I walked in to the kids club at my gym to pick up my kids and I noticed a little boy push a little blonde girl down. My son was standing close by and immediately pushed the boy down. My first reaction wasn’t pride in my son for standing up for his friend or even anger that he used violence. Instead, I quickly looked behind me. My first reaction was to check if the little boy’s parents had seen my son push their son down.
I spent the whole drive home trying to figure out the proper response. I felt like this was an important moment but my son was only two years old and I wasn’t prepared to have to deal with this sort of situation so soon.
My son is mixed, he is half Black, a quarter Filipino, and a quarter White, but for all intents and purposes he is black. The little boy he pushed was presumably white. My initial fear was that if someone else had witnessed the push, they would treat my son unfairly based on the color of his skin.
I grew up avoiding these types of situations. I was very aware of my behavior around white people and tried hard not to become a target for any racist that was watching me. I felt an overwhelming need to explain that to my son. To explain that we live in a world where people are judged by the amount of melanin in their skin and that black males need to be especially mindful of their actions.
I kept thinking over different conversations I could have with my two year old. Trying to condense my point down to its simplest form. Each time coming to the same disheartening conclusions. Because some people may not like us, we treat them better than they treat us. Because some people will judge us based on what we look like, we try not to be seen. All I could do was cry. I can’t teach my son that. I won’t teach my son that.
It made sense that I was raised thinking that way. I remember ringing a friend’s doorbell two houses down with my sister and another friend and asking if she could come out to play. Her mother, whom I had never met before, invited the girl who was with us inside and told my sister and me to go home. At first, it didn’t make sense. The woman’s daughter had always played with us and I didn’t know what was different. It wasn’t until I learned to filter race into the equation, that it became clear. They were all white and my sister and I were black. The color of our skin made the difference.
It took several more experiences with racism before I adapted my philosophy on how to behave around white people. I learned how to make them feel more comfortable with the darkness of my skin and mitigate their preconceived notions of what that meant about me. But that was then and this is now.
In the height of the Black Lives Matter movement, was I still supposed to teach my son that he mattered less? Was I supposed to use our close proximity to where Trayvon Martin was killed as a warning sign? Then I realized that the real question was, in 2016, do I still teach my son that race is the difference?
I realized that I was parenting out of fear. I was scared that even if there wasn’t a racist nearby today, there could be later. When he wasn’t an adorable two year old, but a ‘scary’ black man. I was trying to teach my son to grow up to be a black man that a racist wouldn’t target, one who didn’t put himself in possibly dangerous situations, or in this case, who wouldn’t stand up for a little girl who was just pushed down.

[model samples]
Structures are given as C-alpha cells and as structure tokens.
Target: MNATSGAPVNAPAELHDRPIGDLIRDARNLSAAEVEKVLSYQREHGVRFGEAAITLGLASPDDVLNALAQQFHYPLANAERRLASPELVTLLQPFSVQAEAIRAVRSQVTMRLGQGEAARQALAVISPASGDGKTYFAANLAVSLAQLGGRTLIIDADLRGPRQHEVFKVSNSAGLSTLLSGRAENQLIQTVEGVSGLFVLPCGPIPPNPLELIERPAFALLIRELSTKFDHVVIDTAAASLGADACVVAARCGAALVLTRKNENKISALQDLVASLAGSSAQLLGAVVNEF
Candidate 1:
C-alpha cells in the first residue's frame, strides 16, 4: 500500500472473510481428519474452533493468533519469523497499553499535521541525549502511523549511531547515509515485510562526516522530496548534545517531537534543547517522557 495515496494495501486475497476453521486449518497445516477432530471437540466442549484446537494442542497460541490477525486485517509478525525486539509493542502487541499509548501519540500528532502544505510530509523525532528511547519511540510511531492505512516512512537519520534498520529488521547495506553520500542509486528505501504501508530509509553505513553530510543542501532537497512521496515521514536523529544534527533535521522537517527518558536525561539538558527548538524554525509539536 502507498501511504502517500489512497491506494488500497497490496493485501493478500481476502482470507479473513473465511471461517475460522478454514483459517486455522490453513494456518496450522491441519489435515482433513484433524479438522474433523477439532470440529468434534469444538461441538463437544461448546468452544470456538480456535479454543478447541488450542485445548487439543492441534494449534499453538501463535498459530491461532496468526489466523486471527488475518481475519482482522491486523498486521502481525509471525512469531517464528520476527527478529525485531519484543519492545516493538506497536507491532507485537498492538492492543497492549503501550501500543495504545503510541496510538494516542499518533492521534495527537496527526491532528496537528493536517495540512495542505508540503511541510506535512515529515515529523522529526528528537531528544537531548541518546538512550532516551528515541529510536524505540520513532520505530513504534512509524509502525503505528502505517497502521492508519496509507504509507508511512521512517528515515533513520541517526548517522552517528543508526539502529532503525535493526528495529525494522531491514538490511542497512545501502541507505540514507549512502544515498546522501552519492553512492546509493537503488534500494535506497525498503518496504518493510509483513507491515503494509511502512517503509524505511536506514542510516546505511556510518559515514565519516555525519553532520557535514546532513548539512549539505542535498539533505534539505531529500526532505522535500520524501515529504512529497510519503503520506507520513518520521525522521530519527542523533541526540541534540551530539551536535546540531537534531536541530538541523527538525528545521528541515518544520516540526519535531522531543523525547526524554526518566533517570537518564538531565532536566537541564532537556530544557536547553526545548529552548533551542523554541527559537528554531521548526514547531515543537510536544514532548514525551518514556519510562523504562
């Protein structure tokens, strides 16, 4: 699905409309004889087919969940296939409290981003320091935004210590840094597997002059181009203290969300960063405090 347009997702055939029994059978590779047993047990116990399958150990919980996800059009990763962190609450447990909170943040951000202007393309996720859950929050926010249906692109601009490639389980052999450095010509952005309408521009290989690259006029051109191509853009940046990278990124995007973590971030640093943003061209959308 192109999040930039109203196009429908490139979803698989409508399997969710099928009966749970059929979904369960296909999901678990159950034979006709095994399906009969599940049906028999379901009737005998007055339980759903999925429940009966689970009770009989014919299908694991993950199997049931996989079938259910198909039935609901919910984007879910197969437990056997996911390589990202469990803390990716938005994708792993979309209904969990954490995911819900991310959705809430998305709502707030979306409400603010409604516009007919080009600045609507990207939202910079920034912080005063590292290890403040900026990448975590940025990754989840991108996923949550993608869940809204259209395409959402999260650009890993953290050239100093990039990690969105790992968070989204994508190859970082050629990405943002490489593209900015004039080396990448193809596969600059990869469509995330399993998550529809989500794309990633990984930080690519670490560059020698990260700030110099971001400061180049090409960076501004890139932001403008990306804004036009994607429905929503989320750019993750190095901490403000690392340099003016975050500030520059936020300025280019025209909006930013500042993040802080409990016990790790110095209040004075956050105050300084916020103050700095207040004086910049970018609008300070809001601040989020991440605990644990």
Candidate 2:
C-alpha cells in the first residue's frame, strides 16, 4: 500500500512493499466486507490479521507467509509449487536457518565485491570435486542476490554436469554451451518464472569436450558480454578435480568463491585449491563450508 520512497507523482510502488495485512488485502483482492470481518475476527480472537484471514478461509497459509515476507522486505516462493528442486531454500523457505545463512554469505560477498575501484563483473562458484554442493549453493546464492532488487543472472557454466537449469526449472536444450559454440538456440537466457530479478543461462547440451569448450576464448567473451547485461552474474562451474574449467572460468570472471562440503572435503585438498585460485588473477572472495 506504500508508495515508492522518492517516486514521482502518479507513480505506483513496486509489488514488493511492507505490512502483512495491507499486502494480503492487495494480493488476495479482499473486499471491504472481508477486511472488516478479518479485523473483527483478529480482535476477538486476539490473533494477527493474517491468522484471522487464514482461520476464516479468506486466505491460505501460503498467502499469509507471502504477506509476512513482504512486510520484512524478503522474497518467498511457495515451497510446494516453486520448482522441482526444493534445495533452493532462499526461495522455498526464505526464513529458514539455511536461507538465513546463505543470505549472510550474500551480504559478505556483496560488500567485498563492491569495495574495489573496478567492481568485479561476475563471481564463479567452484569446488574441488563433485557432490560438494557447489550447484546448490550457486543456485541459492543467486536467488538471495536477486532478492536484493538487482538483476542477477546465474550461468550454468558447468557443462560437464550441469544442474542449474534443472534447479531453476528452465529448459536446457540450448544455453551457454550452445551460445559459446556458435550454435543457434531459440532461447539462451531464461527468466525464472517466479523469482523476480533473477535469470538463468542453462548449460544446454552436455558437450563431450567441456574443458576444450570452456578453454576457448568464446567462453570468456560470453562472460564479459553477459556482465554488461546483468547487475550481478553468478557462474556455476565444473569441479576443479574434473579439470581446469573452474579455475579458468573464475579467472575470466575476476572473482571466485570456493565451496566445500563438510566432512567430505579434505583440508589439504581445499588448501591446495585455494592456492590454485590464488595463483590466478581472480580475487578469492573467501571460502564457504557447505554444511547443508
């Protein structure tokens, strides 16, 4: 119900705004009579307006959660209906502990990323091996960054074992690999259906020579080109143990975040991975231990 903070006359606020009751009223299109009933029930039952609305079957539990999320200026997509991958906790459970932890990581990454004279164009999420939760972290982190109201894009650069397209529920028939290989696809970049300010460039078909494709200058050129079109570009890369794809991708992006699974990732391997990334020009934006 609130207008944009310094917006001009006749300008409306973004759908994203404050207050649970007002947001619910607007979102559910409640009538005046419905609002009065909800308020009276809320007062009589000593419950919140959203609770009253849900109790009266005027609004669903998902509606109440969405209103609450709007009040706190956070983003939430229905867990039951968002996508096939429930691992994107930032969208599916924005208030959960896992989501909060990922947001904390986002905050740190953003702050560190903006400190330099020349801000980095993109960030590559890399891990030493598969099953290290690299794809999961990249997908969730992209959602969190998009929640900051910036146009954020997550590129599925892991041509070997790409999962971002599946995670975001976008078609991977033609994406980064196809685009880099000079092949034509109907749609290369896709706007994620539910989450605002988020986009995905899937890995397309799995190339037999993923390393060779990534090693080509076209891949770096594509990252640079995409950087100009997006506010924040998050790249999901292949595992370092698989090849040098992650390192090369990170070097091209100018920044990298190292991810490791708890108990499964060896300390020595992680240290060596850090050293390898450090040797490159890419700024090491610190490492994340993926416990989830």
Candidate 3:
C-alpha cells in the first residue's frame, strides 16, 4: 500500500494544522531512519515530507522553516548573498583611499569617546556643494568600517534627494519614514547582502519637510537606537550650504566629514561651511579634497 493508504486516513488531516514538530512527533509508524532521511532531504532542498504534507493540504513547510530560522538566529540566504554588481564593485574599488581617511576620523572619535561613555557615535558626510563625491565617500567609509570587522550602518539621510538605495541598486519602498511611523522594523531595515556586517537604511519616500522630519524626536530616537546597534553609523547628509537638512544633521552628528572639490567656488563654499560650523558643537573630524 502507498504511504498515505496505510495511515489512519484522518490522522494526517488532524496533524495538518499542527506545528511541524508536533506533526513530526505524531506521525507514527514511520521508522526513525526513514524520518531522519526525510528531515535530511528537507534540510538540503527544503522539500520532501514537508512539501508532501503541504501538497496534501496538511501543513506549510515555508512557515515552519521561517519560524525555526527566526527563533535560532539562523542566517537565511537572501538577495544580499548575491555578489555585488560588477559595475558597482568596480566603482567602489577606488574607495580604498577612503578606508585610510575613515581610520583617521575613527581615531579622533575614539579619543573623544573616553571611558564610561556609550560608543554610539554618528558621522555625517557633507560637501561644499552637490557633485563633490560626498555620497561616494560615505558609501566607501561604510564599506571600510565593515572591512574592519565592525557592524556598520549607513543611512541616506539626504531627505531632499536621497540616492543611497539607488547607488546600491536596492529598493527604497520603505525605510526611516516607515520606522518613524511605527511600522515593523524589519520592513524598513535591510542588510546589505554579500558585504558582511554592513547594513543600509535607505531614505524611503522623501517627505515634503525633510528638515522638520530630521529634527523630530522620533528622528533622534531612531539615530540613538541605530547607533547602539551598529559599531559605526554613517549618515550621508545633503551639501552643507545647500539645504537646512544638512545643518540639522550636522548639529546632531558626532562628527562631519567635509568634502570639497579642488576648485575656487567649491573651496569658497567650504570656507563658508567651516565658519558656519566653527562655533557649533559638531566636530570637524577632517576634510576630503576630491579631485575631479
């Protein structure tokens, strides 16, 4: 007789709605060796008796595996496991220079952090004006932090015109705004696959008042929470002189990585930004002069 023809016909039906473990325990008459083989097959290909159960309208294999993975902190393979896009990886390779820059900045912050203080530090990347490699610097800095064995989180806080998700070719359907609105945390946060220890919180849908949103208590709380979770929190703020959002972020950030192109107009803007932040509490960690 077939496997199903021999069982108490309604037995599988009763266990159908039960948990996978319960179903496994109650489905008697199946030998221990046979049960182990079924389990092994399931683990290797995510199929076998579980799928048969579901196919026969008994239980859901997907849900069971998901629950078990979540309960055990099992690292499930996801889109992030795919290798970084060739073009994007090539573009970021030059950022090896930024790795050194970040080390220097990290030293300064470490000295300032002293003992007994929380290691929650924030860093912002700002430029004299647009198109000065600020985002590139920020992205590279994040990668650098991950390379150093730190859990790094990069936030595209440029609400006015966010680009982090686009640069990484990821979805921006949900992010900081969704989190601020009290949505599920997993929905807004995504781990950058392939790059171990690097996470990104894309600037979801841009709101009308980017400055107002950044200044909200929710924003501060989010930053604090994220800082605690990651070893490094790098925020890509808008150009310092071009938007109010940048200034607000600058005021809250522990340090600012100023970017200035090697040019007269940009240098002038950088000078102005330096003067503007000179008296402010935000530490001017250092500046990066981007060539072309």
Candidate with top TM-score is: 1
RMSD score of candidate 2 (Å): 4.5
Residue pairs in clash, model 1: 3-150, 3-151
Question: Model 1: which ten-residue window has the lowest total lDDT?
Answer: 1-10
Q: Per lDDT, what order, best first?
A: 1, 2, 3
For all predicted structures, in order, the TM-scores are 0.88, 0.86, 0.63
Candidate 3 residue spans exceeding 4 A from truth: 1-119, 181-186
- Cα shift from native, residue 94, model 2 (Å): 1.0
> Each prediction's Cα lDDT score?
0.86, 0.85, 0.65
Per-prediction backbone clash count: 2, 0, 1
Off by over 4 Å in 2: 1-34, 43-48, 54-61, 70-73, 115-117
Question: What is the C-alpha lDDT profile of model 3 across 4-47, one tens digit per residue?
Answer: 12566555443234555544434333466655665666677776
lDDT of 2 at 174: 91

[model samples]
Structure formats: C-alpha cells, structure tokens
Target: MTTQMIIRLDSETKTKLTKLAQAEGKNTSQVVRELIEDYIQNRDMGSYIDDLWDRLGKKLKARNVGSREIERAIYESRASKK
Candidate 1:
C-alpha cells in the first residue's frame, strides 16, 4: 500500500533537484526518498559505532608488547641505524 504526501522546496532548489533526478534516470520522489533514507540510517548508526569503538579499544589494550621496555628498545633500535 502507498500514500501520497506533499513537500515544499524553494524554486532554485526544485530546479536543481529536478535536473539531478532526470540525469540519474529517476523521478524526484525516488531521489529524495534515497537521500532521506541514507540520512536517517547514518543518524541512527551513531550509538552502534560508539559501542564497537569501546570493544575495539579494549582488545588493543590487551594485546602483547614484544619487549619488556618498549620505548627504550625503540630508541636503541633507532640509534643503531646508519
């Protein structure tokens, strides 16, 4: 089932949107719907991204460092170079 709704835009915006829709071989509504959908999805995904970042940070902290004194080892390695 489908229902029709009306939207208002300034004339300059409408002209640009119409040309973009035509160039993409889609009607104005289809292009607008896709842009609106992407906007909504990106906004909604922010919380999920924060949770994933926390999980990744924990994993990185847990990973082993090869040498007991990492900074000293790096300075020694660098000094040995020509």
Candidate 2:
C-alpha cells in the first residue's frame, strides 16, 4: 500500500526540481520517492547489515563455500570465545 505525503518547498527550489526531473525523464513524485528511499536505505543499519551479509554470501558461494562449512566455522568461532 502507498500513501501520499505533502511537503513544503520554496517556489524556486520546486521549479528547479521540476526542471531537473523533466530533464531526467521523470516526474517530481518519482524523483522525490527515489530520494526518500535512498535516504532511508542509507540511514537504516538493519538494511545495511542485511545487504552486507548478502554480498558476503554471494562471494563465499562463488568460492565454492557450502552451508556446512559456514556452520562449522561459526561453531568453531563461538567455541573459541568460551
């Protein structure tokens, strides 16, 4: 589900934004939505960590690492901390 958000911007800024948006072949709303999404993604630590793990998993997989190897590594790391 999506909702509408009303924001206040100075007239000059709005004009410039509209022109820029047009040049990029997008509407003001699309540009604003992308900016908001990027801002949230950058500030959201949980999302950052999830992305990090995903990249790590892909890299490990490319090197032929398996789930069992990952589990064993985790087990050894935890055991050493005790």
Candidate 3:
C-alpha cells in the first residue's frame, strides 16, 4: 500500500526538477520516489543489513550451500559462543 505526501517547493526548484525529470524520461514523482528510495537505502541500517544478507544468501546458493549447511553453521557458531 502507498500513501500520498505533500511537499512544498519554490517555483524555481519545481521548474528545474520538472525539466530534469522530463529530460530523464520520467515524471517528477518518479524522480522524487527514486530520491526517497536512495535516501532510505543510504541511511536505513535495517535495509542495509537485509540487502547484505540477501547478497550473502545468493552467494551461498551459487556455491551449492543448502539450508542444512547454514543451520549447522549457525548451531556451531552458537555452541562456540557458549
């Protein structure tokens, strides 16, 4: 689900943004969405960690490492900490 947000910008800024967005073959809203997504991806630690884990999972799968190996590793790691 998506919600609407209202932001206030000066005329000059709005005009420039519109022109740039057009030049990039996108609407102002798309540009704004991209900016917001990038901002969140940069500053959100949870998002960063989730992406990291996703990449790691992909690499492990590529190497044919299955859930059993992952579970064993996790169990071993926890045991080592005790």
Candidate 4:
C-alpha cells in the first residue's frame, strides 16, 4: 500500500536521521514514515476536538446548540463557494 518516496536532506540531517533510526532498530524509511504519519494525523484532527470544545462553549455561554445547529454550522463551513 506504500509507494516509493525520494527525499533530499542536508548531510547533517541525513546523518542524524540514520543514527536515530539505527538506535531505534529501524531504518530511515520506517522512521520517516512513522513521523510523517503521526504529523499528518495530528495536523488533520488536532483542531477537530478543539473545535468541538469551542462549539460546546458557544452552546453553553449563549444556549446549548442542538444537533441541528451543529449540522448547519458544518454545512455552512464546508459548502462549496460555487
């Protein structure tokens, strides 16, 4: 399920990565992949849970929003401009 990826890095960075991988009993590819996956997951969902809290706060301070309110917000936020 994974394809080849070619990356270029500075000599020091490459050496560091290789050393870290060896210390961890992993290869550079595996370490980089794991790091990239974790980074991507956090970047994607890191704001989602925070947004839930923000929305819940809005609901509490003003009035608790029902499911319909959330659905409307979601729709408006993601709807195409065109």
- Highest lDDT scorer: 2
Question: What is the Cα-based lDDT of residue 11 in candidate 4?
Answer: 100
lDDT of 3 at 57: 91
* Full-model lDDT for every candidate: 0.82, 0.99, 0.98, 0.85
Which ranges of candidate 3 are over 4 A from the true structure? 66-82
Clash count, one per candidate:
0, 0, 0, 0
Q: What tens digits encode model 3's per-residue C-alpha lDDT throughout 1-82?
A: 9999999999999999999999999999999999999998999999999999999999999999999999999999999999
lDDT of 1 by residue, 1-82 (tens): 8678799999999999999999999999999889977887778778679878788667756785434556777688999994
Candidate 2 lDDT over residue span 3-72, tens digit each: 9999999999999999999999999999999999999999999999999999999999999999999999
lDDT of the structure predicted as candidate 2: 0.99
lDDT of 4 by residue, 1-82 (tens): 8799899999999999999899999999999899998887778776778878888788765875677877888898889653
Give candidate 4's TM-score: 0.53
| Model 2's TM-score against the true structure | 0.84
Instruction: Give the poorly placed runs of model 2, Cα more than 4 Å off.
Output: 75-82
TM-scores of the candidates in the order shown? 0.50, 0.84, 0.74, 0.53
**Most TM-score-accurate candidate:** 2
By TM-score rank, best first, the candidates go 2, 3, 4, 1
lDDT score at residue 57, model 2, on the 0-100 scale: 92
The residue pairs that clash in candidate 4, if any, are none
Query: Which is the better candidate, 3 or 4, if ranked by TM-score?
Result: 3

When I changed my mindset from fear to love, I realized that I was feeling a lot of emotions, none of which stemmed from race. I was disappointed because my son chose anger over love. I was upset because there was a little girl on the floor and instead of offering his hand and helping her up, he chose to push another kid down. I was proud because at only two years old he knew that boys don’t push girls. The feminist in me was a little embarrassed that he thought he needed to protect the little girl instead of allowing her to push that little punk down herself.
The race of everyone involved was my initial concern because I’d been trained that way. I grew up in a time where the color of your skin and the texture of your hair were the deciding factors in most situations, but my son may not. That experience made me wonder if I even needed to have ‘the talk’ with my son. Obviously it is likely that he will run into someone who dislikes him just because he’s black but is that something that I need to tell him? Is that knowledge really going to help him more than it’ll hurt him and change his views on the world?
All the things that a black boy in America needs to do to stay safe are things that all people should do. Is it possible that we can just tell our minority sons to be polite to police officers because showing adults respect is kind, to keep their hands on the steering wheel so that officers don’t have to worry about their safety; and not because some cops are racist? Can we teach them to remove hoodies before walking into stores because robbers wear hoodies and they might scare a sales associate; and not because they are brown and some people are scared of brown men in hoodies? Can we just teach them that it’s a scary world and as men it’s their job to make the world a little less scary if they can?
I want my boys to be proud of who they are and their ancestry. I want them to display good character and choose the right and respectful decisions because it’s who they are, not because they’re scared of who other people might assume they are. I’m struggling between explaining the world to them to keep them safe and allowing them the freedom to create a world they’d like to live in.
So, I’m interested to know. How are you handling ‘the talk’ with your kids?